Kiju: Rejoice a Long Life

I recently learned from my wife, who is Japanese, that her parents will be celebrating reaching the age of 77 this summer. Outside of their birthdays, reaching 77 years in one’s lifetime is a special occasion, one that is called “Kiju” in Japanese. As this was new to me, I spent time researching this topic, as its history and concept intrigued me. Today, I will share with everyone this custom of celebrating longevity.

The word Kiju, which is written as “喜寿” in Japanese, has a unique meaning, which is “celebration of happiness”. The choosing of the character to represent the number 77 is not random, for it is culture-related, as well as literacy-related. Let’s go first into the history of Kiju, then move on to its unique theory, as well how it is treated as a celebration.


Kiju is the recognition of living a long life. It is part of a list of age ranges/years of living¹ that are revered as representing a life of longevity called “Chōju²”. The practice of Chōju is old, although the different ages were added over time, one as recent as the 21st century. The age ranges, along with their names and meanings, recognized under Chōju are the following³:

60 = Kanreki (還暦)

66 = Rokuju (緑寿)⁴

70 = Koki (古希)

77 = Kiju (喜寿)

80 = Sanju (傘寿)

88 = Beiju (米寿)

90 = Sotsuju (卒寿)

99 = Hakuju (白寿)

100 = Momoju/Kiju (百寿/紀寿)

108 = Chaju (茶寿)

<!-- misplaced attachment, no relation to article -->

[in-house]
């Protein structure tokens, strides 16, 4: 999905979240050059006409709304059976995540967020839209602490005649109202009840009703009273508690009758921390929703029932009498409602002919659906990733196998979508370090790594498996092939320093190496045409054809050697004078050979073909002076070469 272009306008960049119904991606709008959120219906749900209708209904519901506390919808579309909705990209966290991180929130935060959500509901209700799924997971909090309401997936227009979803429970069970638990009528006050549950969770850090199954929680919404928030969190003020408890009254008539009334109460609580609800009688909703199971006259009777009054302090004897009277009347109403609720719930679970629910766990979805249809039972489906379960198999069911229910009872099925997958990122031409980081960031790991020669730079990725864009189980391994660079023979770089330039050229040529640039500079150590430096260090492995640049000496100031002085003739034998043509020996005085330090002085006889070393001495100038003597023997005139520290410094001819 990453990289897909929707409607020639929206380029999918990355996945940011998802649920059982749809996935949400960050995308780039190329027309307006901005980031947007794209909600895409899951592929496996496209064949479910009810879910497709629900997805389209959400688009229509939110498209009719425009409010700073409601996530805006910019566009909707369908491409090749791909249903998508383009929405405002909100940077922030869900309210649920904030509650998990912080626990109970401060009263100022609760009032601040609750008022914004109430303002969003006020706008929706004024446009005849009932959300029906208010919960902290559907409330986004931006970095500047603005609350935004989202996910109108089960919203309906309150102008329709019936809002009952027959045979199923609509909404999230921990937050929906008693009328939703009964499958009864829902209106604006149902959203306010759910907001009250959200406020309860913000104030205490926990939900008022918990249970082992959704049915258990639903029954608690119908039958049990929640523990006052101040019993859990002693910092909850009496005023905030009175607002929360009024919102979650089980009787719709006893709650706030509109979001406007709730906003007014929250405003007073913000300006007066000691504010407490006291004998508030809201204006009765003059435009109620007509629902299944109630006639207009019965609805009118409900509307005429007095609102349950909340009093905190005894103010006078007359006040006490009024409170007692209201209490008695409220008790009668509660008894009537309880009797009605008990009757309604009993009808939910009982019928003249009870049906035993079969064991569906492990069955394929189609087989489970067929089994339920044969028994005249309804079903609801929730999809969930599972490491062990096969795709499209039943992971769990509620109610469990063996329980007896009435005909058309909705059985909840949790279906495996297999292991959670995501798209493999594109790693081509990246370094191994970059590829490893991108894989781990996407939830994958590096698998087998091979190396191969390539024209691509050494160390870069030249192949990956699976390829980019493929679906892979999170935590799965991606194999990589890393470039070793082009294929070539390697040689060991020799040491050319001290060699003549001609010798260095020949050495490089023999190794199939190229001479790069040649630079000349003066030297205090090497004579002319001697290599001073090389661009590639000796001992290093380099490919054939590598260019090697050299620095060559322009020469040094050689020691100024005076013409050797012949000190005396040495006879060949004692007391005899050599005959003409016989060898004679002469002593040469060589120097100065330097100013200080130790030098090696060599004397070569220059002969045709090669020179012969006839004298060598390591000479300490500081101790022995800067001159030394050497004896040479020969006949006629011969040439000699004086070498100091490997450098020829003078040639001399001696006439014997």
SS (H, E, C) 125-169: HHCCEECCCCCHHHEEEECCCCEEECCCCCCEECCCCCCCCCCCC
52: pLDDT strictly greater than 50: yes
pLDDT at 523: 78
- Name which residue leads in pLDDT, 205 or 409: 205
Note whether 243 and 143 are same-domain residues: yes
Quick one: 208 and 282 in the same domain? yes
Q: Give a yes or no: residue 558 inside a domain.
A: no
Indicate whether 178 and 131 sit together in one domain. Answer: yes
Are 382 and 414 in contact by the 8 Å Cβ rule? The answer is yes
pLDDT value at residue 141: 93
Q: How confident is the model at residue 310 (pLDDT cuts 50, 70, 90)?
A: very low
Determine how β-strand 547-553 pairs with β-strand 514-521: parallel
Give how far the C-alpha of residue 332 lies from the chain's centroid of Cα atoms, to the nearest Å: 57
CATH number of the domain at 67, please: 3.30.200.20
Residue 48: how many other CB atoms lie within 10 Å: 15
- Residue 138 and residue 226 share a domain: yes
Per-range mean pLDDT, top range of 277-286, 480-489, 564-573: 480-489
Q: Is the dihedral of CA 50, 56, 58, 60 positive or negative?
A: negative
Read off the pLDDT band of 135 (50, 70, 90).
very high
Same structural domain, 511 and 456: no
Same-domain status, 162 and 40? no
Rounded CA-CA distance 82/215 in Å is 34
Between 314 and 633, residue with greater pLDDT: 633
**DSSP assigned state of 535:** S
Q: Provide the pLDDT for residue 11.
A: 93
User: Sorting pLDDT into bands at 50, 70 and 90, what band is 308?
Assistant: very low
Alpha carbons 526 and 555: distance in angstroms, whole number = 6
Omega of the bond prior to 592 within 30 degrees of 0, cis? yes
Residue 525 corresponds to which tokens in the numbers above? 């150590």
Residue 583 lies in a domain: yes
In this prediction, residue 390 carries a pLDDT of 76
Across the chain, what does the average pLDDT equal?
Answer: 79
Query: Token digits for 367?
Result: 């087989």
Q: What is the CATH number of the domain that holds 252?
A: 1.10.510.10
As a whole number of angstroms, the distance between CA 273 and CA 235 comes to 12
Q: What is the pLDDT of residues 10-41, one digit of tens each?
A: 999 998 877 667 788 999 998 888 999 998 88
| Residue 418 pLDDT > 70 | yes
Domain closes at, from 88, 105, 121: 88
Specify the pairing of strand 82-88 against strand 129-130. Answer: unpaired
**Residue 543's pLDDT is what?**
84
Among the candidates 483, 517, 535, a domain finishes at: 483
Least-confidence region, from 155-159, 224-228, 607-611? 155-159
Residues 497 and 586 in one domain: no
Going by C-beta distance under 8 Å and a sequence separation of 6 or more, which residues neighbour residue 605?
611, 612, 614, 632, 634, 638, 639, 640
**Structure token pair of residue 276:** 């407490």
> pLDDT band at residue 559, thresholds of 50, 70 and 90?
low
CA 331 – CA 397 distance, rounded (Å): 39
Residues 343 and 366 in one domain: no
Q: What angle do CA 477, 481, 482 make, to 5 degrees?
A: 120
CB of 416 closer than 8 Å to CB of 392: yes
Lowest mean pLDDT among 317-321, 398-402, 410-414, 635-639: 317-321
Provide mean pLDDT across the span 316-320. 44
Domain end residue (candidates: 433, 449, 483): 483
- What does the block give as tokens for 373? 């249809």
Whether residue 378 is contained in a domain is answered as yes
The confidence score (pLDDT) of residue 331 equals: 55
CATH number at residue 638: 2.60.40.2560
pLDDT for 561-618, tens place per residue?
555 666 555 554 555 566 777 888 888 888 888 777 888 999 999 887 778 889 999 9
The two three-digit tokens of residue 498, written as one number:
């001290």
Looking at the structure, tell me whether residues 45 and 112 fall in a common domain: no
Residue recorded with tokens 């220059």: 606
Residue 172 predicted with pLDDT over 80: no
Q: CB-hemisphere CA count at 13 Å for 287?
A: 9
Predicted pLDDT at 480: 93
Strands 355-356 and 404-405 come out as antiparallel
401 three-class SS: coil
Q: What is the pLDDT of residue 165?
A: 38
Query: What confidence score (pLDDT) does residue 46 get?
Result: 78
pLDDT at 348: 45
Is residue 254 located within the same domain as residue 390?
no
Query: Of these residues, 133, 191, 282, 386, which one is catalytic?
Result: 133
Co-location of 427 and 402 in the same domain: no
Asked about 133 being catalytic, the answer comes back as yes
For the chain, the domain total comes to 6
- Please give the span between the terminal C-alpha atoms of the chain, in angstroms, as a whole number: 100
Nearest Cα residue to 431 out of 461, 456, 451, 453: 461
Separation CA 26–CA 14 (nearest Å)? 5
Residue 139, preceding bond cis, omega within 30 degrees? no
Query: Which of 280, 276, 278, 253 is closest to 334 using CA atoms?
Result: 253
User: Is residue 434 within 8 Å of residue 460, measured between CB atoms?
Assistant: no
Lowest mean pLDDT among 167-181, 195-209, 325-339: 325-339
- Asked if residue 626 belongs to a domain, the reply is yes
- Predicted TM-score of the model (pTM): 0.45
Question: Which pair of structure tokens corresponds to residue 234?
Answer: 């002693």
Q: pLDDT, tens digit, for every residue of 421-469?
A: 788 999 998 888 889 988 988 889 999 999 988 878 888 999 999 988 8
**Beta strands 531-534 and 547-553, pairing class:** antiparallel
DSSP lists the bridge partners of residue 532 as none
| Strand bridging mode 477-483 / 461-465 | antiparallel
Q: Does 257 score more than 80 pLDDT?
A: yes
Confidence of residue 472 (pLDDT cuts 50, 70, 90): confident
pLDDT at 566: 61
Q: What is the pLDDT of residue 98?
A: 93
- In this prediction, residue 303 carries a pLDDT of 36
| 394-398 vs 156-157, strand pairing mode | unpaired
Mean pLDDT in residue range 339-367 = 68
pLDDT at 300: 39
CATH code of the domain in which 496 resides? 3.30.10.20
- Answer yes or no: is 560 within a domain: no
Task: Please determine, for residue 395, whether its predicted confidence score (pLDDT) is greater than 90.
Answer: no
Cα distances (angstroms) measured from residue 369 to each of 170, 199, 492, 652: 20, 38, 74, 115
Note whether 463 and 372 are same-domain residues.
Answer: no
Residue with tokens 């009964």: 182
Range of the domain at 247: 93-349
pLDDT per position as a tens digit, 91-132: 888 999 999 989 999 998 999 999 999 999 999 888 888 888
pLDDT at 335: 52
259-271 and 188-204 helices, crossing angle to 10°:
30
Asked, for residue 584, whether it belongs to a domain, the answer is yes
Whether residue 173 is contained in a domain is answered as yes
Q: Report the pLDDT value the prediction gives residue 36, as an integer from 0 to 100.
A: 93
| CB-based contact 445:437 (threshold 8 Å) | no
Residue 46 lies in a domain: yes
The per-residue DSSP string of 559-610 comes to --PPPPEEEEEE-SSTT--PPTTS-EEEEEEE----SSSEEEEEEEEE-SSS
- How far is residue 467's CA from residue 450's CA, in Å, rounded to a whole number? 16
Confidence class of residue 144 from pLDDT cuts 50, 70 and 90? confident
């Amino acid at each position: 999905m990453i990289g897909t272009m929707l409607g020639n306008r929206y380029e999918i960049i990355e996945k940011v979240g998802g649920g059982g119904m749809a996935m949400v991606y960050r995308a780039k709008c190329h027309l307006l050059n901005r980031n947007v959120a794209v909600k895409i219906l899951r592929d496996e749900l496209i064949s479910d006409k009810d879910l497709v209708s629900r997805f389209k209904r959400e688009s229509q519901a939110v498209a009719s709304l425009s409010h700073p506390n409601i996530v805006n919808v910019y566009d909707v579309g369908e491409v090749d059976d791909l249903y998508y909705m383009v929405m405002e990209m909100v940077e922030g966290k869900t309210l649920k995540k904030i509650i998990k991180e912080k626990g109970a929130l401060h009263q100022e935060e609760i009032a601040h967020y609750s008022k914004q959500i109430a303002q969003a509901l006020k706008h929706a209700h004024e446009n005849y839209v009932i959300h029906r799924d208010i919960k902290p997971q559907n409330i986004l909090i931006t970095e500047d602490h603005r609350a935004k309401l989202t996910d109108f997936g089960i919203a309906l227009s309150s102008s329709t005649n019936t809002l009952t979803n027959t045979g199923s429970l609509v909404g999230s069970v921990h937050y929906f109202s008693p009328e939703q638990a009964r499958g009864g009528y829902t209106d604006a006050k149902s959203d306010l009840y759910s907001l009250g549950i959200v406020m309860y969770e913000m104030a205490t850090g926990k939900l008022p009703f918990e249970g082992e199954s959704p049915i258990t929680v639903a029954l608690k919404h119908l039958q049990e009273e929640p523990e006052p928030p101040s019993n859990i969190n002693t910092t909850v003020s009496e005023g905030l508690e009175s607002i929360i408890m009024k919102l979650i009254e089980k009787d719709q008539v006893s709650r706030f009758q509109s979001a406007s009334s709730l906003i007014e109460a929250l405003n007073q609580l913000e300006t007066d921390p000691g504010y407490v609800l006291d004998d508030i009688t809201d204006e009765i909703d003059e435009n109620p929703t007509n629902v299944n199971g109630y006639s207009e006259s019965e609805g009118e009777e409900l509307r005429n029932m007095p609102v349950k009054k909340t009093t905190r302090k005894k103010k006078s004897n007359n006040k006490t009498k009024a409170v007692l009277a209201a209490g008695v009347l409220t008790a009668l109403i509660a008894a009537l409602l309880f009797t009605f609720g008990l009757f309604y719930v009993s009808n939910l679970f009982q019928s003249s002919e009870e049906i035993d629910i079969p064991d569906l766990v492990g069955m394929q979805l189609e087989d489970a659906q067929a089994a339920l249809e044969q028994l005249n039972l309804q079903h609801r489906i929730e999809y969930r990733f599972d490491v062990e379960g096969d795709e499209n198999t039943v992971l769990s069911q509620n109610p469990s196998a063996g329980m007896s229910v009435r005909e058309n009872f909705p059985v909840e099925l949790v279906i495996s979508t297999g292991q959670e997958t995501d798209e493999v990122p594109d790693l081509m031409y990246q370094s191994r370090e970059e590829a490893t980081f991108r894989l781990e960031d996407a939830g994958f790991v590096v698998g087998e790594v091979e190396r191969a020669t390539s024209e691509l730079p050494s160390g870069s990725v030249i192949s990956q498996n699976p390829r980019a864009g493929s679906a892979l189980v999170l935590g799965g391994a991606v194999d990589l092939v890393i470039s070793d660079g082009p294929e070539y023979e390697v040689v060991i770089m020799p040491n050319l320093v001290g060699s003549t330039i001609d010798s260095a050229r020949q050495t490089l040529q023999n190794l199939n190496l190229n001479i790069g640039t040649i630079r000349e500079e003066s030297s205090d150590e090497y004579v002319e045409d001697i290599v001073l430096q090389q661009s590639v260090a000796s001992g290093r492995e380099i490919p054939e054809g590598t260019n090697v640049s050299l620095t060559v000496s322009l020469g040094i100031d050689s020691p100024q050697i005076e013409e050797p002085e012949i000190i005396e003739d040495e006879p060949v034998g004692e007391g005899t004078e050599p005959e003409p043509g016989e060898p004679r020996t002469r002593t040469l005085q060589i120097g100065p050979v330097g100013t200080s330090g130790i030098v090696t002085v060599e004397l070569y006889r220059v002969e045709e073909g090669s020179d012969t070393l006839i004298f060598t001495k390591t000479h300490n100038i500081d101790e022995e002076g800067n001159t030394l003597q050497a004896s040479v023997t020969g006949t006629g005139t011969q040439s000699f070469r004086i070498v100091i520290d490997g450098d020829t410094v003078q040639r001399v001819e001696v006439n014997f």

111 = Kōju (皇寿)

120 = Daikanreki (大還暦)

As with Kiju, these numbers and the characters associated to them are not random, for they each have special meanings and methodologies in remembering what they mean. Since the life expectancy was generally lower than 60 due to the lack of nutrition and vaccination, as well as hard life conditions during medieval Japan, much praise and an expression of good fortune is acknowledged to those who did live 60 years & up.


As mentioned earlier, Kiju stands for the celebration of happiness. The kanji (Chinese-derived characters) that is pronounced “ki” stands for “happiness⁵”. Interestingly, it is also the representative of the number “77”, at least in this case. When the numerical numbers are written in kanji, it looks like so:

The characters for 77, which are pronounced “nana-ju-nana” in Japanese.

Inspiration of the use of the kanji “ki” was from how it was written in the past, which was more cursive. The 2 pics below depict the character “ki”, with the first one written in textbook block style called “kyōkashotai”, and the second in the older cursive style called “sōshotai⁶”:

If you look carefully, it looks like it is made up of the numbers “七十七”, which would be like so:

The visual imagery of 七十七 (the characters for 77) in the cursive-written style of the character “ki”.

It’s a bit of a stretch to actually “see” those numbers, especially since the character “ki” is not written as so anyway, but this is what influences the use of this character to represent 77 years, along with the meaning.


As most things in Asian culture, there are colors associated to each of the age ranges in Chōju. For Kiju, it is the color purple. In the past, it was traditional to wear a sleeveless vest or kimono jacket called chanchanko⁷, along with a special bōshi (hat)⁸. As Kiju would be the theme, this vest and hat would be the color purple. Other items and accessories, such as a sensu (folding fan)⁹, zabuton (pillow)¹⁰, and kozuchi (small wooden mallet)¹¹ would also accompany one’s outfit. You can also adorn yourself in regular clothing that are purple.